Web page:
Sunday, March 3, 2019
The Next Storm
My son's first track meet of the season was beginning in a couple of hours, and I stood in front of my bathroom mirror getting ready. As I put on my makeup and dried my hair, my eyes kept drifting down to the reflection of my shirt. One word in particular captured my attention. "MOM" it said in large yellow letters across my chest.
Today, that was all I wanted to be. Mom. I didn't want to even think about my other roles: teacher, sister, daughter, friend. All I wanted to be was a proud mom cheering on her son. I prayed desperately that the screaming crowd would be able to drown out all the troubling thoughts that rumbled through my brain, and all I would have to think about was my son's feet pounding around the track.
Glancing out the window, I hoped that the weatherman's prediction of no rain would prove true. California has been experiencing a wetter-than-usual winter and the endless stream of gray clouds and rain seems to be the physical manifestation of the dark cloud relentlessly hanging over my head. 2019 has definitely gotten off to a bad start: three members of my family have ended up in the emergency room at different times for different reasons, my uncle passed away, and my mom has been experiencing some lingering health issues that no one has thus far been able to figure out. I can only hope that at some point the rain clouds, both literal and figurative, will give way to blue skies and warm temperatures. So far, any patch of blue that I have seen has felt like nothing more than a false promise. Every time it seems things are getting better, the phone rings and - BOOM! - a new storm has arrived.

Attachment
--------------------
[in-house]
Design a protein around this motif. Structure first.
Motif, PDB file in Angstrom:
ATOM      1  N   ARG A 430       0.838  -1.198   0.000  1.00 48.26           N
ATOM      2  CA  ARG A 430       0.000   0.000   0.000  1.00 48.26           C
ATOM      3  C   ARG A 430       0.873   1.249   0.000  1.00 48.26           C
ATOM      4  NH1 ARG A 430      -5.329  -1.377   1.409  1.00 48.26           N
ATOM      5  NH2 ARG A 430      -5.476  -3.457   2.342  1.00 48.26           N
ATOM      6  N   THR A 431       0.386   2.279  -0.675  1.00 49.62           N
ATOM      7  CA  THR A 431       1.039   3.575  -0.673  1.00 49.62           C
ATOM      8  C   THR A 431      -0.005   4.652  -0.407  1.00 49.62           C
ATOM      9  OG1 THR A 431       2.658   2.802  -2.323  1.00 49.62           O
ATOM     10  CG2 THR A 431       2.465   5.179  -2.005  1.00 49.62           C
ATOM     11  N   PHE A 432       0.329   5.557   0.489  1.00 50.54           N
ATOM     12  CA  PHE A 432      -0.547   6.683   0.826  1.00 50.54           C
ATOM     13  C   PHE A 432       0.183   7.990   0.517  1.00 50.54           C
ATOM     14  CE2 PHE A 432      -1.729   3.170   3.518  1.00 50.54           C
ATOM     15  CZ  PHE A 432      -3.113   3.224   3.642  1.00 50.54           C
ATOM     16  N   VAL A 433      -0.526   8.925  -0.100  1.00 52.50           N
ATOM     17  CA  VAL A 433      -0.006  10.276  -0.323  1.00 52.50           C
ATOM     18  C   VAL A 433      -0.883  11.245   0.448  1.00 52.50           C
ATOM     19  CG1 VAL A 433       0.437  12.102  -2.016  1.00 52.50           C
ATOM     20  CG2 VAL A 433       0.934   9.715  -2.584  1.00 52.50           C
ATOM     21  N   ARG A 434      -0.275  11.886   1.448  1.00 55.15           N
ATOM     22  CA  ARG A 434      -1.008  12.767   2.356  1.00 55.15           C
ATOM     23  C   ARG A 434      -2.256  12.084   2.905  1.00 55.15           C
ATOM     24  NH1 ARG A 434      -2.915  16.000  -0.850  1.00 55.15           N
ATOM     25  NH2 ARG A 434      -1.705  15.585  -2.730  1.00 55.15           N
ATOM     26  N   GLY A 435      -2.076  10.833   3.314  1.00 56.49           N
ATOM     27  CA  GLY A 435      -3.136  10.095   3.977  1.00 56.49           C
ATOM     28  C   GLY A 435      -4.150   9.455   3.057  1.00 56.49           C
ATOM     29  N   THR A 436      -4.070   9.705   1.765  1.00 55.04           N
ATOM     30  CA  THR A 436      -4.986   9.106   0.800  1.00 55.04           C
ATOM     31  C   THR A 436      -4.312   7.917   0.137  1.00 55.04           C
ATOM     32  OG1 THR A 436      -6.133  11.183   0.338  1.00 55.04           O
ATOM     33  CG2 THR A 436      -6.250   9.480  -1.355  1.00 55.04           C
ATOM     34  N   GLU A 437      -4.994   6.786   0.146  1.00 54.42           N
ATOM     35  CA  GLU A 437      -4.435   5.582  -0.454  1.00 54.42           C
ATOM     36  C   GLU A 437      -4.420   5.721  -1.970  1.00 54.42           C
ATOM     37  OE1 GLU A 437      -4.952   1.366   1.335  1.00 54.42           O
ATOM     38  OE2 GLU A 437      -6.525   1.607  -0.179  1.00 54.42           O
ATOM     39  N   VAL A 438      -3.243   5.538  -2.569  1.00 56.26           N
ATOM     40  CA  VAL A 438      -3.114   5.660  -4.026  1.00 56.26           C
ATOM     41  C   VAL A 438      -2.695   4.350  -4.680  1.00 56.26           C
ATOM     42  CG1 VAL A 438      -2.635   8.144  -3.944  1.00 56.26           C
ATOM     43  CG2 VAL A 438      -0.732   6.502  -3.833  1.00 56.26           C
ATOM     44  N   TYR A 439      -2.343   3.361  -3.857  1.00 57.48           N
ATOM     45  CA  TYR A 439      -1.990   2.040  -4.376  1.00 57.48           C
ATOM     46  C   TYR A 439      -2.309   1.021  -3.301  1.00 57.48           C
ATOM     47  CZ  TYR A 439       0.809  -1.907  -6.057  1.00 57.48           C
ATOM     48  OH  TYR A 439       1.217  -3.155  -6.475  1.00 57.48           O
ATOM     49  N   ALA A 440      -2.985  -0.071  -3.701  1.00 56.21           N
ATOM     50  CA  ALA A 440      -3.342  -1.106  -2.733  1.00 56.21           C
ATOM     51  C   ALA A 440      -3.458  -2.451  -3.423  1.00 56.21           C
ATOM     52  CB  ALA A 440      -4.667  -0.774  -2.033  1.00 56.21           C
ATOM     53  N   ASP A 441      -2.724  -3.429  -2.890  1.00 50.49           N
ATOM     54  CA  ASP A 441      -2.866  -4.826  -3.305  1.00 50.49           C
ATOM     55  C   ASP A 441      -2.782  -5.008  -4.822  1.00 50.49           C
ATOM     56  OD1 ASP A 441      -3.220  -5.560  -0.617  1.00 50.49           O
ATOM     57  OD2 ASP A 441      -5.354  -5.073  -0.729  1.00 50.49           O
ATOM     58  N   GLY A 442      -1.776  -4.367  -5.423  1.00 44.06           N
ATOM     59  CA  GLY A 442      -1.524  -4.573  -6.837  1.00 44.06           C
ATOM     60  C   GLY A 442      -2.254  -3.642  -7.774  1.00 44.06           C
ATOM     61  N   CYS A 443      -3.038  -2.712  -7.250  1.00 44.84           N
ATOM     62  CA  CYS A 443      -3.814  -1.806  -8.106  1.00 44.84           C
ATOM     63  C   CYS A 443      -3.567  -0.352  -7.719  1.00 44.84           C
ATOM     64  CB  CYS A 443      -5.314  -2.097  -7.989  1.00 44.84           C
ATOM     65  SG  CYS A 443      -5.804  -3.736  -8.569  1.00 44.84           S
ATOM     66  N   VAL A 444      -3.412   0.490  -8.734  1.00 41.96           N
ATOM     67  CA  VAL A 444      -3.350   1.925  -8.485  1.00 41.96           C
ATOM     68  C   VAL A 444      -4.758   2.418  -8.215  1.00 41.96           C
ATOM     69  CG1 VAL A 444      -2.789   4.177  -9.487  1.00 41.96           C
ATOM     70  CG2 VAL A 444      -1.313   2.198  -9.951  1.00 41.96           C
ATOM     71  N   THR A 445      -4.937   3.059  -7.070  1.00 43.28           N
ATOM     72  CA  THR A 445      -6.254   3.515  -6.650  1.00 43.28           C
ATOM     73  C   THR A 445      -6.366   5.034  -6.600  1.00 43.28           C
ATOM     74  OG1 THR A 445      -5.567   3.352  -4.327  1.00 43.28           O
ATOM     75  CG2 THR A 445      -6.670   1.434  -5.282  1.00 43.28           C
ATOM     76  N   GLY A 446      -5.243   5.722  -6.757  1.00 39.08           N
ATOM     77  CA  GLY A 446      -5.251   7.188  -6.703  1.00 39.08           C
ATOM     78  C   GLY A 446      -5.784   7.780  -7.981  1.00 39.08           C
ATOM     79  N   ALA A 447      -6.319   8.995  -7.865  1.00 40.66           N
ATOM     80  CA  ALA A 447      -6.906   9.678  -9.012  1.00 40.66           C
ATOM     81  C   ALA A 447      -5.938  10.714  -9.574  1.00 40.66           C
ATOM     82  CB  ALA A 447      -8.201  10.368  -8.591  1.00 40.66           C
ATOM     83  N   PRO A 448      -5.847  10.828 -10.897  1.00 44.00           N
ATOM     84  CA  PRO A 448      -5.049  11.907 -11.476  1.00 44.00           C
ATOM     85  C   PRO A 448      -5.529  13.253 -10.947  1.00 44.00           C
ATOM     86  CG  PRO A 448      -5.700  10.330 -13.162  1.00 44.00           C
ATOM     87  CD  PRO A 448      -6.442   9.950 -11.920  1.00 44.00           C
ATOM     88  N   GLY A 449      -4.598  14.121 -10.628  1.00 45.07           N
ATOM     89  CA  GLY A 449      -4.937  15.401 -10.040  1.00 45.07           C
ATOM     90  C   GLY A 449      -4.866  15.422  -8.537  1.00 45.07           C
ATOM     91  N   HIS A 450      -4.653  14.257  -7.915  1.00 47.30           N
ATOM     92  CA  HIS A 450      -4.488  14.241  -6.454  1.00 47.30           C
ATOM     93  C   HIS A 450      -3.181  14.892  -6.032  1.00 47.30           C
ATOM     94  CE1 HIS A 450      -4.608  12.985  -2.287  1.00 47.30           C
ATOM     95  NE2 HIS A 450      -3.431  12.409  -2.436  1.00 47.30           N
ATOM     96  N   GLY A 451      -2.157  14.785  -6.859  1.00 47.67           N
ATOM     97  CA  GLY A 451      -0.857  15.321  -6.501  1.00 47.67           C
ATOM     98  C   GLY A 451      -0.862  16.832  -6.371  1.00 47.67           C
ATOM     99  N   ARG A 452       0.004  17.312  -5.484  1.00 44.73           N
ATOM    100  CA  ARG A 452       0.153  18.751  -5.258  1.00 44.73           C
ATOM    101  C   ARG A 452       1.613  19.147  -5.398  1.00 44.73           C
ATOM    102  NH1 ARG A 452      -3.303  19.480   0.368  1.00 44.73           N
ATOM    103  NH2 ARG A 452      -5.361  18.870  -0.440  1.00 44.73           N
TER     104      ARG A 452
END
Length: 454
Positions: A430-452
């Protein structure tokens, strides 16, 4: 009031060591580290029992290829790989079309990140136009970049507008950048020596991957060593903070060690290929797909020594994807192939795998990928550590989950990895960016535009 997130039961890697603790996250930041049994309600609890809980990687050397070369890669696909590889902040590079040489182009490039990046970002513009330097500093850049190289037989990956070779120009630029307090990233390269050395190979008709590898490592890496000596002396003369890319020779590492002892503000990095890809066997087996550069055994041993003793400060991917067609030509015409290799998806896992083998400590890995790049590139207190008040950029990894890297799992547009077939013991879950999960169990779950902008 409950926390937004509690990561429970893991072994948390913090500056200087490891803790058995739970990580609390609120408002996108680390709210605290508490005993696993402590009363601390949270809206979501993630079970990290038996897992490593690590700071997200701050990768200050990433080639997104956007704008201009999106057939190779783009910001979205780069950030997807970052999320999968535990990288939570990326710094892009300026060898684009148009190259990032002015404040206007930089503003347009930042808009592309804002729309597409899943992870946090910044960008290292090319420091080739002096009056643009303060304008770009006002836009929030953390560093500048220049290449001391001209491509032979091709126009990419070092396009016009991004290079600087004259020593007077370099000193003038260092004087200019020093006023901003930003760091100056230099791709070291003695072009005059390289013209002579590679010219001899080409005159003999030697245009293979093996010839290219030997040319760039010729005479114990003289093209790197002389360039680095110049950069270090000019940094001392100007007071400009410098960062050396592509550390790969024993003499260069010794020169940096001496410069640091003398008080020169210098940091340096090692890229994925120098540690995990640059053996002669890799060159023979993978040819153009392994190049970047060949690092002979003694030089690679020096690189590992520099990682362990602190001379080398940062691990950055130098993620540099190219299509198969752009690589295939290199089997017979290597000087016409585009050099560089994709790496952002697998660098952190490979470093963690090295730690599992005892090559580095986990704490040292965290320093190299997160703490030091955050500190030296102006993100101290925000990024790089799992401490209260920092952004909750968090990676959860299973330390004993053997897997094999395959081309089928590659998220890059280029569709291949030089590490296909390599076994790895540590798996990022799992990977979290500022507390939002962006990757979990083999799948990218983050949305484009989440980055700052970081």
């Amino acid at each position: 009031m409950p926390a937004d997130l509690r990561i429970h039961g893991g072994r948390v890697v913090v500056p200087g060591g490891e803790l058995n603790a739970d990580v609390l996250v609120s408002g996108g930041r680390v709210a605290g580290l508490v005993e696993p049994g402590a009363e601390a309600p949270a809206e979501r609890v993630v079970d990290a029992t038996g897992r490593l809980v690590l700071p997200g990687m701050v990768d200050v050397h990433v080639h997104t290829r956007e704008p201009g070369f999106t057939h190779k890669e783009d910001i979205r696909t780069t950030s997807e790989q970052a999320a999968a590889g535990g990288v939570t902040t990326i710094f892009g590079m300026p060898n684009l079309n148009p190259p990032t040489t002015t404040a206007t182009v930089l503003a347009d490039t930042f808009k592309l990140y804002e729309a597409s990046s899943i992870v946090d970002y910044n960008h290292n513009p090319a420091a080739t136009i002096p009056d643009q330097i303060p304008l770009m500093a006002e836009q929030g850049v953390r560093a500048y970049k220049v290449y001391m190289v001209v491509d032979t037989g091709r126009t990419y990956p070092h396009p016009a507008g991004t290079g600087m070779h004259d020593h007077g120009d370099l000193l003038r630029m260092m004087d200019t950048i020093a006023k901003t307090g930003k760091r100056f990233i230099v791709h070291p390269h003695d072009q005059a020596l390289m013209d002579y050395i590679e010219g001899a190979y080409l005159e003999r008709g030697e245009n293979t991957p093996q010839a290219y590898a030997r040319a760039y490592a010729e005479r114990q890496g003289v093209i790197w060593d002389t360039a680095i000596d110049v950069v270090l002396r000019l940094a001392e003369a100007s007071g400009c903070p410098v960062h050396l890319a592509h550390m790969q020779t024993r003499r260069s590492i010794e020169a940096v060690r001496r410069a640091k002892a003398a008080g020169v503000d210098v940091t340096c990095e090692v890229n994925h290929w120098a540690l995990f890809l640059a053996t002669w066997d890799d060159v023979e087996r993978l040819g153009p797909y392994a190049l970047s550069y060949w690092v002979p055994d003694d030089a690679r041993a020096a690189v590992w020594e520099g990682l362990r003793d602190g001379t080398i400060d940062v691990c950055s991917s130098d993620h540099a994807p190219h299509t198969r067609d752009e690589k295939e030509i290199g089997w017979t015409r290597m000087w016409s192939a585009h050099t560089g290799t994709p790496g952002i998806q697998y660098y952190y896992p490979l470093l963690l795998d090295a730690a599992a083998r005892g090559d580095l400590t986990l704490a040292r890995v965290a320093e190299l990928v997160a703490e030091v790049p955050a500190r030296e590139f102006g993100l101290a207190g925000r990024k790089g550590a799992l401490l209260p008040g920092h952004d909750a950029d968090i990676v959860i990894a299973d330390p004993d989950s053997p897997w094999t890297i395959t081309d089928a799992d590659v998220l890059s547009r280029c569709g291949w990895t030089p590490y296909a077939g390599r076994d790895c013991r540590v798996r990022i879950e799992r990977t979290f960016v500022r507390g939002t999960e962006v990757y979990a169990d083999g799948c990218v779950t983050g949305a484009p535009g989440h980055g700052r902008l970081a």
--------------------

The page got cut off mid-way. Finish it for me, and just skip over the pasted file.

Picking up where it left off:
So, on this day, I wanted nothing more than a brief respite from the rain, even if it only lasted from the pop of the starting pistol to the crossing of the finish line. Just a moment to not worry. A few precious minutes to believe that everything was normal and nothing was more important than screaming like a madwoman as my son crossed the finish line. Give me that, and maybe, just maybe I'd be able to face the next storm headed my way.